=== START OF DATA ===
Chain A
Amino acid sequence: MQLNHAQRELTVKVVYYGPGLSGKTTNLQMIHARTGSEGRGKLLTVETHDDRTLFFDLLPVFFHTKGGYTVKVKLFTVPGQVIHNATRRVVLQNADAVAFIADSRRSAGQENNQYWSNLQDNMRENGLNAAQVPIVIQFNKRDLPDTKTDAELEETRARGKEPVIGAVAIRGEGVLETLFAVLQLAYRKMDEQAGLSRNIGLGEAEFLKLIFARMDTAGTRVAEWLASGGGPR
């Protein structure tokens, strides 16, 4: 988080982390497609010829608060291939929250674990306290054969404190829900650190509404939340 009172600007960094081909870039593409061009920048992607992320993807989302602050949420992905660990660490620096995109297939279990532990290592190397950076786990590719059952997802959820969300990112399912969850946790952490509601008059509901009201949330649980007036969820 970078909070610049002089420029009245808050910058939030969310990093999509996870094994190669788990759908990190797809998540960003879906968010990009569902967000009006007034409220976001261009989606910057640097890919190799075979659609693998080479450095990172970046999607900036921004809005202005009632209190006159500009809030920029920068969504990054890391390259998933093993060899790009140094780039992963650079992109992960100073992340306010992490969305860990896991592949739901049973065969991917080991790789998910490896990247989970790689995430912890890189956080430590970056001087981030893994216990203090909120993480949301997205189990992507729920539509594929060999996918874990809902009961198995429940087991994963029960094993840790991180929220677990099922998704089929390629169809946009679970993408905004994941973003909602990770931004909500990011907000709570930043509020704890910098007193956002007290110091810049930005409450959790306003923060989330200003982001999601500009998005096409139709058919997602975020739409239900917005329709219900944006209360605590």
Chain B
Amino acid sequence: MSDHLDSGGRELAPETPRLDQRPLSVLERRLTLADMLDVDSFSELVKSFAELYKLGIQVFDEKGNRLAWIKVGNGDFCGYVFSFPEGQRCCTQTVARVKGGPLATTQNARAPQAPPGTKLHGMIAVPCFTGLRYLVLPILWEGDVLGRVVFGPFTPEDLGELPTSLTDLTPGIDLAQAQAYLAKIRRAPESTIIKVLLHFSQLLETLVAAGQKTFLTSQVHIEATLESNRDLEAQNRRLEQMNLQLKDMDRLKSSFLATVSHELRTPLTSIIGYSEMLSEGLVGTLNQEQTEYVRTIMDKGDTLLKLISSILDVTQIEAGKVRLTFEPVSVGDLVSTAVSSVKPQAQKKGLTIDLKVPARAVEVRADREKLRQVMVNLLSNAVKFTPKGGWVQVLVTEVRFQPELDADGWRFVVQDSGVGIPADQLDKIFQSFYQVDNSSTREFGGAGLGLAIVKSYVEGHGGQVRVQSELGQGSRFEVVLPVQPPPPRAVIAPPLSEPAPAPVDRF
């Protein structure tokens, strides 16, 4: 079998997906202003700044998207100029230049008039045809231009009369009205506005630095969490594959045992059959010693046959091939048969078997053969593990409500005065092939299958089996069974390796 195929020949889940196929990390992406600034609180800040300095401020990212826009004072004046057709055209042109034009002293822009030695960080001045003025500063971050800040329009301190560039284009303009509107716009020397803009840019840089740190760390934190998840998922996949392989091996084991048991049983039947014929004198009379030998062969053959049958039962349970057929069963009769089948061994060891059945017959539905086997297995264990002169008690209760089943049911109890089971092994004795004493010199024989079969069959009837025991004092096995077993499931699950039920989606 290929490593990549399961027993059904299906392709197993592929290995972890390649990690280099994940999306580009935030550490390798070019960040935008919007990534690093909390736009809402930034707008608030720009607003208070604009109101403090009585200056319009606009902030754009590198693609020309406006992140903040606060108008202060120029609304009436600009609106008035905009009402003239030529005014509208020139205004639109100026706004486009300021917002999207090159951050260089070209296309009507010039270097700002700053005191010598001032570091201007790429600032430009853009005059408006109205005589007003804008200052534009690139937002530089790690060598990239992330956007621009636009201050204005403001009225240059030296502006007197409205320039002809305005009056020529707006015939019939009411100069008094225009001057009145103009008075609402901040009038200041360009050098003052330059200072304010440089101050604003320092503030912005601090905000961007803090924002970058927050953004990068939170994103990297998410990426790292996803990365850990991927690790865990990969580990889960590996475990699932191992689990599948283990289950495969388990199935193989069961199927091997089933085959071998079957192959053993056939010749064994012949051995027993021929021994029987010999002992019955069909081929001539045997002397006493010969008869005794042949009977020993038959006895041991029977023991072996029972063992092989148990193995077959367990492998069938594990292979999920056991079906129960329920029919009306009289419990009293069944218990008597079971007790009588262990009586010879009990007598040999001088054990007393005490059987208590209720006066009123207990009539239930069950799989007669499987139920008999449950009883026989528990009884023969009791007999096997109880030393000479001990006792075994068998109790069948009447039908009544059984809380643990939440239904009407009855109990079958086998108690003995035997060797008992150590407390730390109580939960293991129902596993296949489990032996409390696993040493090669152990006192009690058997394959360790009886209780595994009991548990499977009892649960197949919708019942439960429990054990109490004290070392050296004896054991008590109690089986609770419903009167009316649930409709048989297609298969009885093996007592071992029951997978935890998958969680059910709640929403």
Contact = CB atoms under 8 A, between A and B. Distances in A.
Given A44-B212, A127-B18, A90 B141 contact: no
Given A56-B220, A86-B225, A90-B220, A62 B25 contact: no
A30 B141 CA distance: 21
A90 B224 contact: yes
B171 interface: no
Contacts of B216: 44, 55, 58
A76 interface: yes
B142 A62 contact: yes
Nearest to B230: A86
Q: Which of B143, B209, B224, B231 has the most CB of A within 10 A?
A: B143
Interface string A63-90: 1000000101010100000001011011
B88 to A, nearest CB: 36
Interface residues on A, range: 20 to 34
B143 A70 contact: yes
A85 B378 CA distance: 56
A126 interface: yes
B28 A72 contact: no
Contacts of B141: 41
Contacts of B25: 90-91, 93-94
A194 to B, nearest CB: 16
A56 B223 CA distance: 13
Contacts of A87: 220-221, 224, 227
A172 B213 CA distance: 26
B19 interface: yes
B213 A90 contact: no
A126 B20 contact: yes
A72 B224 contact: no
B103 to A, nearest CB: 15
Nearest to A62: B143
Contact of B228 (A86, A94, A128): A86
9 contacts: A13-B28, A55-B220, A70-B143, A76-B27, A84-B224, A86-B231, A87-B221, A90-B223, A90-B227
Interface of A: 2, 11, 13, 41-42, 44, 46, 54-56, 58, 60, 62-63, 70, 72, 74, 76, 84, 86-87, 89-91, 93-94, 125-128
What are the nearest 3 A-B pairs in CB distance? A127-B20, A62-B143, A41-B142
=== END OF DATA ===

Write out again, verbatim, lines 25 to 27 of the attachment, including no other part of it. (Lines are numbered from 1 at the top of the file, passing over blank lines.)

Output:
B28 A72 contact: no
Contacts of B141: 41
Contacts of B25: 90-91, 93-94